- Brendan Haywood (three points, 1-4 FG, seven rebounds, one block) seems to lack any touch whatsoever in finishing in the paint; he’s Dampier-esque in his need to dunk immediately off the catch, lest he commit a turnover or find new and exciting ways to make his shot attempts go “clang.”
- Former Mav Eduardo Najera played 22 minutes (!) while Tyrus Thomas watched in sartorial splendor from the sidelines, and his stint served as a reminder that Najera should never really play that many minutes. If a team is in need of an energy big for five minutes here and there, Najera could be the guy. If the gig requires something more, teams should really look to invest elsewhere.
- The Bobcats switched on a lot of the Mavs’ screens, and it was nice to see Jason Terry (21 points, 7-14 FG, three assists, three turnovers) and Marion take advantage of a one-on-one matchup with Brown or another of Charlotte’s bigs.
- Tyson Chandler (nine points, 4-10 FG, 15 rebounds, two blocks) made it work. His teammates made a continued effort to get him the ball, but plenty of those possessions ended with botched passes or bobbled catches; the Bobcats were well aware of the Mavs’ intentions, and did their best to take away Chandler as an offensive option. So Chandler created his own scoring opportunities by grabbing eight offensive rebounds, and finishing in particular style on a pair of clean-up dunks. Teams really looking to focus their defense can take away Terry’s impact or Kidd’s impact, but I’m not sure any team in this league can tech Chandler out of a game. It honestly may not be possible.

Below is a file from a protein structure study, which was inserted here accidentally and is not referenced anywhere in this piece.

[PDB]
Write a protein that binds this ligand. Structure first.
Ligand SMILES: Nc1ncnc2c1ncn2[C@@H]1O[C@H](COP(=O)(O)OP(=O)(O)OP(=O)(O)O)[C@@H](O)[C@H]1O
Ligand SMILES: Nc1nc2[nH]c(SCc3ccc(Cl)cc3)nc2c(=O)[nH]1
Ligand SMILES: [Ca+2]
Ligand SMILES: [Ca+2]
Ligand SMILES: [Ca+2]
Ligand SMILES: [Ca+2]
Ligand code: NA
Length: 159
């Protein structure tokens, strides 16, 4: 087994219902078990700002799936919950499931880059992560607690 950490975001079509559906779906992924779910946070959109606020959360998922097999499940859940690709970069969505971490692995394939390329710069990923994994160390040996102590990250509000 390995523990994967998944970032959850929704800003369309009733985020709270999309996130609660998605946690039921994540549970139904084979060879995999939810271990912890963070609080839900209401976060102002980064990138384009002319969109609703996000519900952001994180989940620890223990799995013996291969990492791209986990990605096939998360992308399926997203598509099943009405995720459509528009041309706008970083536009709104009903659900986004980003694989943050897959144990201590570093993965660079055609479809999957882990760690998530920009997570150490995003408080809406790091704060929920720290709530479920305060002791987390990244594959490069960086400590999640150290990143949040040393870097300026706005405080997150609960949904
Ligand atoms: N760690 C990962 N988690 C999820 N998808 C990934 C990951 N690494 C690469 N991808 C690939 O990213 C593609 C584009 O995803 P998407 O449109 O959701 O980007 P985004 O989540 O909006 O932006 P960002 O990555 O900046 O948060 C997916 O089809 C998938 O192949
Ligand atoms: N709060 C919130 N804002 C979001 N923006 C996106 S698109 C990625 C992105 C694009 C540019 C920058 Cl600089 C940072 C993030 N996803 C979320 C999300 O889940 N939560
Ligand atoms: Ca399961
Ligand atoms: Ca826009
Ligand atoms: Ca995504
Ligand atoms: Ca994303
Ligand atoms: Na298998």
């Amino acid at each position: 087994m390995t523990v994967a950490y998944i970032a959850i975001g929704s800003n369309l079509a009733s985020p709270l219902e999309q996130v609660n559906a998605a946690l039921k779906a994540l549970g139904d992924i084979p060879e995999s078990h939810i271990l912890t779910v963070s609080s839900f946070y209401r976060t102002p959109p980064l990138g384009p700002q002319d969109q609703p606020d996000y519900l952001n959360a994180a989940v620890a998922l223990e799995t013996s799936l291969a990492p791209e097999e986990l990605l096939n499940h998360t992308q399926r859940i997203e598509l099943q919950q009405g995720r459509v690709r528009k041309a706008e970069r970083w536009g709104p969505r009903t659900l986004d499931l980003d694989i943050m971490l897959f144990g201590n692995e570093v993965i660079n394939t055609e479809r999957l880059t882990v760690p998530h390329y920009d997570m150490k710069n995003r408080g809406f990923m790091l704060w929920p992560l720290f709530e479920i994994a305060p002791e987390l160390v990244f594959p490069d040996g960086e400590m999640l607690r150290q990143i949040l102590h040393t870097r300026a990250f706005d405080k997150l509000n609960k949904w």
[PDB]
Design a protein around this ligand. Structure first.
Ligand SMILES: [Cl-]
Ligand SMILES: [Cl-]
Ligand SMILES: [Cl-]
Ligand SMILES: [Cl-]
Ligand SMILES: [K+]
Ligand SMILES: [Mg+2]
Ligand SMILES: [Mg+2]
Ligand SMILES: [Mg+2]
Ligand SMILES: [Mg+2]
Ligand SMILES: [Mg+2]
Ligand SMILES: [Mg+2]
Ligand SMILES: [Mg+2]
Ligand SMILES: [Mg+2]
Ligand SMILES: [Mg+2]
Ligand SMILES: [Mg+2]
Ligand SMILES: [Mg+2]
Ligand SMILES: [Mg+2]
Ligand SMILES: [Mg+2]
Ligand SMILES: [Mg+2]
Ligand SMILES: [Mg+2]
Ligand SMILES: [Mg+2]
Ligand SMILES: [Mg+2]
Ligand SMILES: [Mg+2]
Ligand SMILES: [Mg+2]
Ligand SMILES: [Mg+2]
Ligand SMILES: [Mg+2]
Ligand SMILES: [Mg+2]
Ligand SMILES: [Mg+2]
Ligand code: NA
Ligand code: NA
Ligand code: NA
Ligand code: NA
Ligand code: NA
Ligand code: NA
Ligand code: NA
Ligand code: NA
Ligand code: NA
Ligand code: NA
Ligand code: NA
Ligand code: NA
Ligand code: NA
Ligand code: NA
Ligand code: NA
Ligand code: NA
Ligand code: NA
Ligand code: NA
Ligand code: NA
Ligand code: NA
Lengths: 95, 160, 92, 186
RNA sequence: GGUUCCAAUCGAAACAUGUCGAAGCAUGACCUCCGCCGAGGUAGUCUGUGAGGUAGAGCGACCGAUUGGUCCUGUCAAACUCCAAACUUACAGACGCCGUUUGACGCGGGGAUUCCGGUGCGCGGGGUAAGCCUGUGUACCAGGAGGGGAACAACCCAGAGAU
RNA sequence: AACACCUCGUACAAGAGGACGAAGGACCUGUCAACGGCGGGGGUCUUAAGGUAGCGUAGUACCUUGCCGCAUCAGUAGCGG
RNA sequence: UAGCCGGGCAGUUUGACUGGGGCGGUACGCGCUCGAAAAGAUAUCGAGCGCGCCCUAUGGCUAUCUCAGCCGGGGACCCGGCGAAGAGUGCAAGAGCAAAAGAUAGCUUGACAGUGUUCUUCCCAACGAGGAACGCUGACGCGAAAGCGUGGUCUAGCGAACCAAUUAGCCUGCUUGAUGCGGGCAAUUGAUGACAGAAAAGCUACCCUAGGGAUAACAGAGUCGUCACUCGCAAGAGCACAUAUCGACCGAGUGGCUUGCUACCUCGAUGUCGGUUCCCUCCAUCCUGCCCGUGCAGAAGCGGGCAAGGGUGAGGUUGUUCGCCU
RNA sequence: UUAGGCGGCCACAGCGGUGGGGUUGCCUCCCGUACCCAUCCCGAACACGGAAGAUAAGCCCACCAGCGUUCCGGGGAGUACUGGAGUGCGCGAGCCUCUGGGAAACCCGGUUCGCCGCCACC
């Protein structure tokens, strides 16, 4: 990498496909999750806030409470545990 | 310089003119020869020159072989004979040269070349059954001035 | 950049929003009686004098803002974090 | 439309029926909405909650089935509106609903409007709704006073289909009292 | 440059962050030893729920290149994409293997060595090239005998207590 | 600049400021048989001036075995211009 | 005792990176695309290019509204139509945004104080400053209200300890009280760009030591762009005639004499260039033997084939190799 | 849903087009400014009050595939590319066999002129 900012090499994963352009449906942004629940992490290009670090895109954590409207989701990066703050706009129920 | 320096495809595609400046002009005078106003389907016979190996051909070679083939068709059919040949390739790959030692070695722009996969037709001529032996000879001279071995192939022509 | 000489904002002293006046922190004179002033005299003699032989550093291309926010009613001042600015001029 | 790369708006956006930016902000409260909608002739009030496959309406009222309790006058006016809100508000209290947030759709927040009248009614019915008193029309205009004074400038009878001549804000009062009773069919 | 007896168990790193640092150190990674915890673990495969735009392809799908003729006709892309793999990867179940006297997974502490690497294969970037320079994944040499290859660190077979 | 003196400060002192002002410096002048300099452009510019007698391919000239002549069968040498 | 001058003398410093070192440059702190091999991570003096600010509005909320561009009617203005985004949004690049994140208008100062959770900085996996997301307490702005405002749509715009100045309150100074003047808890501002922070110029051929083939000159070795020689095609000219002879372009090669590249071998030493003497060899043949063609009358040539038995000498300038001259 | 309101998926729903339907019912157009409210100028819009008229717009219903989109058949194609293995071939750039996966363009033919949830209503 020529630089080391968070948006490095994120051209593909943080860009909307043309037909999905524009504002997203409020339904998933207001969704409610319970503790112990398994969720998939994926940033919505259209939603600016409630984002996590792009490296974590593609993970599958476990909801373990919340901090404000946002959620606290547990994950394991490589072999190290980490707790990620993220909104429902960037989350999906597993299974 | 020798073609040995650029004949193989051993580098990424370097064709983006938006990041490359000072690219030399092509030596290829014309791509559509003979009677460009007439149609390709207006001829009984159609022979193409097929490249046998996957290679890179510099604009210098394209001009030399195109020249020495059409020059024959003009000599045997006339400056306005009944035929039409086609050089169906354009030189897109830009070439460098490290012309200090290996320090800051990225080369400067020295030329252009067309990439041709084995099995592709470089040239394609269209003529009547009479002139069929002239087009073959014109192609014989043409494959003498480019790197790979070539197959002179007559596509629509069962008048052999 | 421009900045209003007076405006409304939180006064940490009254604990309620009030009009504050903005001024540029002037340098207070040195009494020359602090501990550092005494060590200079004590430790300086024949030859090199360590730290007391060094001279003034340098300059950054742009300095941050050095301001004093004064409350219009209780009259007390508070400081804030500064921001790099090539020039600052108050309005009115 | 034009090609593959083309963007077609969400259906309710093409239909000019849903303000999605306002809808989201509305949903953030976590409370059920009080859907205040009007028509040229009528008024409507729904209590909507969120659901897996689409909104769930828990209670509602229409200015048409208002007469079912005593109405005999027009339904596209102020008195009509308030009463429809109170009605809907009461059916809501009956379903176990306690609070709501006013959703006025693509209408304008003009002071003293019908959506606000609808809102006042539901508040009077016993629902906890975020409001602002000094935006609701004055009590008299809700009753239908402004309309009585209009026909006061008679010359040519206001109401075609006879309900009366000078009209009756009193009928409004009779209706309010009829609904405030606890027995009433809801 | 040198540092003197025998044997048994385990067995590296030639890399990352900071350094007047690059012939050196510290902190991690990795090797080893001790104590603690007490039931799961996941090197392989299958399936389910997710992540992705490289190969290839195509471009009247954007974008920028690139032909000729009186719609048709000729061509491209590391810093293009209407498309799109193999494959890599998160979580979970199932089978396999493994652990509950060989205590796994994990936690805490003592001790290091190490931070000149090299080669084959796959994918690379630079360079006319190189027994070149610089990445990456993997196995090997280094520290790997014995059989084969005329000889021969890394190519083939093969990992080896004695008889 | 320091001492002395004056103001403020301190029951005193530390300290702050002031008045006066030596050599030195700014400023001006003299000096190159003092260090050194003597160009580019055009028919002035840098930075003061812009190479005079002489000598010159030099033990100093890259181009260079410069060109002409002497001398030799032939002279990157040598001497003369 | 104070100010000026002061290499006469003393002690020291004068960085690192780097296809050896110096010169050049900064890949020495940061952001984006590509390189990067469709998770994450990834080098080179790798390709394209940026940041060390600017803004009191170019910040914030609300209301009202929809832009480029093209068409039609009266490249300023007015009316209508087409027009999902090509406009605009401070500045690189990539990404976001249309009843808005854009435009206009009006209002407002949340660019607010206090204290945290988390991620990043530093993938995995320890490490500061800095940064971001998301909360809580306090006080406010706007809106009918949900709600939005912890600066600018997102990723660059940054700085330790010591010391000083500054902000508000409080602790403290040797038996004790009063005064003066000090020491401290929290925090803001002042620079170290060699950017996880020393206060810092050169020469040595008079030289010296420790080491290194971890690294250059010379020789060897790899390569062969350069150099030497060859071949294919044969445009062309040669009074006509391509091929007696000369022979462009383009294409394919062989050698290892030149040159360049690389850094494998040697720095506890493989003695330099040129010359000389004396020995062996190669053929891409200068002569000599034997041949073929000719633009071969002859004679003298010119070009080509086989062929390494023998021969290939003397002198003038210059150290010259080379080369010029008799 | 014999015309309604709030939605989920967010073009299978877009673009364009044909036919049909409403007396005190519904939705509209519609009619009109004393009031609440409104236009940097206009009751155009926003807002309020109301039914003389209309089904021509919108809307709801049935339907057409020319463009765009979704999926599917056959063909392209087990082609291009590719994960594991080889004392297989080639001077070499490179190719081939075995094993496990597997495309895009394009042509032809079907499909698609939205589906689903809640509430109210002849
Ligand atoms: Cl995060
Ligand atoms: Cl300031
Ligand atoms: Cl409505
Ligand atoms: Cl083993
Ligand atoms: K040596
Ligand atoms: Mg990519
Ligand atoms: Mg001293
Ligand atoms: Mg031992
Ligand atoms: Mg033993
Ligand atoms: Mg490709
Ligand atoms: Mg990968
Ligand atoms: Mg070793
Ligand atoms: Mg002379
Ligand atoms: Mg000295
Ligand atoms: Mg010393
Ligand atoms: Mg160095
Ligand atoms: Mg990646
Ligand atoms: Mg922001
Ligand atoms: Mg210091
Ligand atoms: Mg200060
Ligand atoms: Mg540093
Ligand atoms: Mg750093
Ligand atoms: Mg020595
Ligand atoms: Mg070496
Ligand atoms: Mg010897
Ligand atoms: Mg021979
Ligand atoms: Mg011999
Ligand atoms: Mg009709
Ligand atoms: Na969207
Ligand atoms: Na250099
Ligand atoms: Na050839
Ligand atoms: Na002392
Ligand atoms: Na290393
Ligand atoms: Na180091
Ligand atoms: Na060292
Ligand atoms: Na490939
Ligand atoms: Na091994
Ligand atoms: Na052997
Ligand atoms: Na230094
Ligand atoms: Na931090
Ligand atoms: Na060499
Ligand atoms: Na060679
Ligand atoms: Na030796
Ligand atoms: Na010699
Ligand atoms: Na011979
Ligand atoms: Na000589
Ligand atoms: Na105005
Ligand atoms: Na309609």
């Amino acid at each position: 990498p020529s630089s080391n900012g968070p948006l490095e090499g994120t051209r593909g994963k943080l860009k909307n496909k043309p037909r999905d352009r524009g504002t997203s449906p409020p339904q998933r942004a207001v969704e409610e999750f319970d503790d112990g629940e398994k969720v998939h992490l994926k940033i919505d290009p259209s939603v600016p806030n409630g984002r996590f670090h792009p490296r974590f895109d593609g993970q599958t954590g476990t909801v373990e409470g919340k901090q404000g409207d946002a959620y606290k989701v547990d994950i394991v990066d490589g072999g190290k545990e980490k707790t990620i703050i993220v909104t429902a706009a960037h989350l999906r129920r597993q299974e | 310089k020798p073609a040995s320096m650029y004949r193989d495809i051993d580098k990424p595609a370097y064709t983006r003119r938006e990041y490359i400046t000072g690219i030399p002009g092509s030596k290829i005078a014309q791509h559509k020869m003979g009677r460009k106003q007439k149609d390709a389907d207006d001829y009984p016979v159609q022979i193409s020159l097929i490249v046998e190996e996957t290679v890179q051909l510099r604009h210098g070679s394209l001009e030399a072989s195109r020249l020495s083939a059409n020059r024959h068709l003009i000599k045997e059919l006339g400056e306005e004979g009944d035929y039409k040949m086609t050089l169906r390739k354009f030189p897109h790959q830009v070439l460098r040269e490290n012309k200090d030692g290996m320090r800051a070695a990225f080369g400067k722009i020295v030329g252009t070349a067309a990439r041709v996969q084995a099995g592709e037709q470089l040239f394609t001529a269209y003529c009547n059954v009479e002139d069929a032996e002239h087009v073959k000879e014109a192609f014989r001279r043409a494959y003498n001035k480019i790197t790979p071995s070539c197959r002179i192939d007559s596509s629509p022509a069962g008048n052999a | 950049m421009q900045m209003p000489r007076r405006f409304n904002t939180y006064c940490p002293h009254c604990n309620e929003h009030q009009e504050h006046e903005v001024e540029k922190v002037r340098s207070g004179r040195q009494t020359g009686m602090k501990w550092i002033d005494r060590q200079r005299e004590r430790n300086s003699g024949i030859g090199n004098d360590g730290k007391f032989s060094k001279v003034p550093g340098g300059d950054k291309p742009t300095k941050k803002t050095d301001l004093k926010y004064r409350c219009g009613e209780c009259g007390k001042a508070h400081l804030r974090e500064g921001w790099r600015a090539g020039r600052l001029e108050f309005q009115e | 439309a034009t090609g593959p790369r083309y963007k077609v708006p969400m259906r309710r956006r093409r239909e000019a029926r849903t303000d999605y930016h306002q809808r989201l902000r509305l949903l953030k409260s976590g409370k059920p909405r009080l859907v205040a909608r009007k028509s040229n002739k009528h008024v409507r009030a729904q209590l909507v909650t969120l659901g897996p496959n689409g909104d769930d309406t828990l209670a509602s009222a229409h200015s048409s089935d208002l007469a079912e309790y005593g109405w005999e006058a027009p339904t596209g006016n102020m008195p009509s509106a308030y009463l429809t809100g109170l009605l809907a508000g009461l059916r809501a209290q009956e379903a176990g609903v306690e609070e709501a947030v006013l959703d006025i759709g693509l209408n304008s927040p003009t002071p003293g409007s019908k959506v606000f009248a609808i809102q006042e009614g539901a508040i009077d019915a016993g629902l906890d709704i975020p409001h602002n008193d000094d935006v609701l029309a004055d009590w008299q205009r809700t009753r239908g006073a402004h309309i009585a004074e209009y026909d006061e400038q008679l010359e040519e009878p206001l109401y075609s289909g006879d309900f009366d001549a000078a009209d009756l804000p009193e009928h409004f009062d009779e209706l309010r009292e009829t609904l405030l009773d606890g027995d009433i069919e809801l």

- It’s unfathomable to me that any team in the NBA could allow Dirk Nowitzki to get so many open looks, but this season’s Bobcats are a continued exercise in facepalm-worthy decision making. When Dirk had the ball in his hands, the Bobcats obviously paid him mind. But when the ball was swinging from side to side or Terry attracted multiple defenders on a drive? It was somehow Nowitzki who was standing wide open. Truly odd.